The longer Russia delays in improving relations with its neighbors, the more likely they will pursue alternative options. It is also likely that tensions will persist between those neighbors and Russia—and in Russia's relationship with the West. Efforts to ease that tension should be high on the list of Western priorities with Russia.

    Oct 4, 2018

  • Jennifer Kavanagh and William “Pat” Getty discuss “Truth Decay” at RAND, September 20, 2018

    Blog

    Conversation at RAND: Truth Decay

    The recent erosion of public trust in facts and institutions is not the first period of Truth Decay in U.S. history. What's different this time is the increasing disagreement about objective facts. Jennifer Kavanagh and William “Pat” Getty discussed the trend and how to stop it.

    Oct 2, 2018

  • Audio Podcast of Truth Decay Event at RAND

    Multimedia

    Truth Decay and Community Engagement

    In this Events @ RAND podcast, RAND political scientist Jennifer Kavanagh and William "Pat" Getty, president of the Claude Worthington Benedum Foundation, discuss Truth Decay's consequences on community engagement and resilience.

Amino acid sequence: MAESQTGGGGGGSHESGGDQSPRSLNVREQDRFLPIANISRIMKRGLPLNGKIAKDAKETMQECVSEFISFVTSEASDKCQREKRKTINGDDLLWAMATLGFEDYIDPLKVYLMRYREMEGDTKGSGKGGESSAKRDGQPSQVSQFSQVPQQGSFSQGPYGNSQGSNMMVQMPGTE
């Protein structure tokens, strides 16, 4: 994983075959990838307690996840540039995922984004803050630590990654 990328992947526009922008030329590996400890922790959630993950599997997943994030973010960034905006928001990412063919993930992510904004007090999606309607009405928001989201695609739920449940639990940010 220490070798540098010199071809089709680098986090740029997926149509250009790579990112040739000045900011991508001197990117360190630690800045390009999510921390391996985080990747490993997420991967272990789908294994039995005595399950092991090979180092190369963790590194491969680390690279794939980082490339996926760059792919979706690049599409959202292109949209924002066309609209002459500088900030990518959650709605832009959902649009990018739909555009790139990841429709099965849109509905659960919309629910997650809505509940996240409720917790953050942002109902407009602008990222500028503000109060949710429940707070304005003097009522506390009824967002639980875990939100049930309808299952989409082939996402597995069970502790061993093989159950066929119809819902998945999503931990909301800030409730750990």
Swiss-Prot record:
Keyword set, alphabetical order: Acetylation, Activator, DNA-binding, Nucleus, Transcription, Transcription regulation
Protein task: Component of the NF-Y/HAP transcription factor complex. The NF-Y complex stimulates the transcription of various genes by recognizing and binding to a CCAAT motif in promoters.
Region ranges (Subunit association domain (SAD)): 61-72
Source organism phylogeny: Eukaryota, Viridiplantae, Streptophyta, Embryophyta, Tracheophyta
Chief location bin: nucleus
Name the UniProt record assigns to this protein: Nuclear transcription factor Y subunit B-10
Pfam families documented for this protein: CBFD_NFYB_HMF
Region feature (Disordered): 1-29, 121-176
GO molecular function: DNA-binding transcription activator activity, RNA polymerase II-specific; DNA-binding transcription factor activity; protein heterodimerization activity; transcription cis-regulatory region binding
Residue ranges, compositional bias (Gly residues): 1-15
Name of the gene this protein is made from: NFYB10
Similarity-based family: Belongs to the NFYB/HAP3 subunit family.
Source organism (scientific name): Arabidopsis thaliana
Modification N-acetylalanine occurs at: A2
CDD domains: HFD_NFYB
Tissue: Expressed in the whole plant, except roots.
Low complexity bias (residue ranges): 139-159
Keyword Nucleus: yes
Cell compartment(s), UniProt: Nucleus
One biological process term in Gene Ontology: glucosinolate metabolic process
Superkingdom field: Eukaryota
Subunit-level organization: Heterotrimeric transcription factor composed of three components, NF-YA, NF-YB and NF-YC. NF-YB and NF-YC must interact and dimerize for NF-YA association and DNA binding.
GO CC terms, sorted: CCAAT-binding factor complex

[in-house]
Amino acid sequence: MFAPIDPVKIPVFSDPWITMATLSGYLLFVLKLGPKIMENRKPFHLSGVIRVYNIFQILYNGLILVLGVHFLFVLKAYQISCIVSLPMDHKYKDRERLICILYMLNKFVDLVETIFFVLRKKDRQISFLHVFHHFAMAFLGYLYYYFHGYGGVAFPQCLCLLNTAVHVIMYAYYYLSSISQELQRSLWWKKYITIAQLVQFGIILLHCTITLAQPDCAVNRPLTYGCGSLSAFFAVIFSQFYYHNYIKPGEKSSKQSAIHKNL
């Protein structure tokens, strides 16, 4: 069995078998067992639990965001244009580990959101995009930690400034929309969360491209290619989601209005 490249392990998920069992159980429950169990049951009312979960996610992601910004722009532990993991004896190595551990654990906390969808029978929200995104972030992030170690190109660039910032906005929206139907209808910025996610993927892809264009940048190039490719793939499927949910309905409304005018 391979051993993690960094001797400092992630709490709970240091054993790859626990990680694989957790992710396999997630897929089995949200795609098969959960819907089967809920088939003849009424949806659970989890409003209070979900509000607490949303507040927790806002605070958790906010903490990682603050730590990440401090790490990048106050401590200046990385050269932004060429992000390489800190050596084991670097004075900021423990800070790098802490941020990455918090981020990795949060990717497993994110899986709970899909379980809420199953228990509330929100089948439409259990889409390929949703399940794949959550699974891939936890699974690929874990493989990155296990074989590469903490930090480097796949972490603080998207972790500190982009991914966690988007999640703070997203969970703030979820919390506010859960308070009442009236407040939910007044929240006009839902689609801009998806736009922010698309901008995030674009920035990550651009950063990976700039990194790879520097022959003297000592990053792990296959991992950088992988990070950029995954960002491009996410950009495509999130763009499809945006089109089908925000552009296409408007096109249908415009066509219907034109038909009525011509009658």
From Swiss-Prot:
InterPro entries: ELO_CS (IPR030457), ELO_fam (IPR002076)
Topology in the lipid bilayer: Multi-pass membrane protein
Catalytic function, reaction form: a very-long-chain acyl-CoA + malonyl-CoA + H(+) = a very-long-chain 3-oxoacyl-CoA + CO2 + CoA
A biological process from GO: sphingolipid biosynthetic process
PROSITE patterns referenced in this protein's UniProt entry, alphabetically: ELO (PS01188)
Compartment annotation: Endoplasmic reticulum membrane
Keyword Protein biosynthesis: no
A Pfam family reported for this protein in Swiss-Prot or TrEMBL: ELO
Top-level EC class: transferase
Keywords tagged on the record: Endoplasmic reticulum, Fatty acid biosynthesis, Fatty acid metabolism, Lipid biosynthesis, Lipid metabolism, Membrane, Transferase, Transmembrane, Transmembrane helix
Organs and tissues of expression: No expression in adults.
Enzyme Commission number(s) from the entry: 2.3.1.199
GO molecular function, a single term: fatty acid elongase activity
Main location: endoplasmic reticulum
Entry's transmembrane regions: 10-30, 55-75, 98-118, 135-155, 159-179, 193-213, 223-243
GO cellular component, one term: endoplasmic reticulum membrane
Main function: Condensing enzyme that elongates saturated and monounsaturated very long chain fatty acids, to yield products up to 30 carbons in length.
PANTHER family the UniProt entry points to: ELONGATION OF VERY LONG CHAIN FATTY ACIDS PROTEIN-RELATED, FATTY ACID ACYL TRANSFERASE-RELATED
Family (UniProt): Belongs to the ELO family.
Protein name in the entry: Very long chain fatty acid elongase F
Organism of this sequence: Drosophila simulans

Sep 20, 2018

  • The Department of State in Washington, D.C.

    Commentary

    Reforming Security Assistance: Why the State Department Can't Lead from Behind

    The reforms in the 2017 National Defense Authorization Act are driving the Department of Defense to improve security cooperation planning. Similar reforms for the State Department could help leaders there more effectively communicate the value of security assistance and maintain their traditional leadership role.

    Sep 5, 2018

  • Eroding world map

    Commentary

    Taking Stock of a Shifting World Order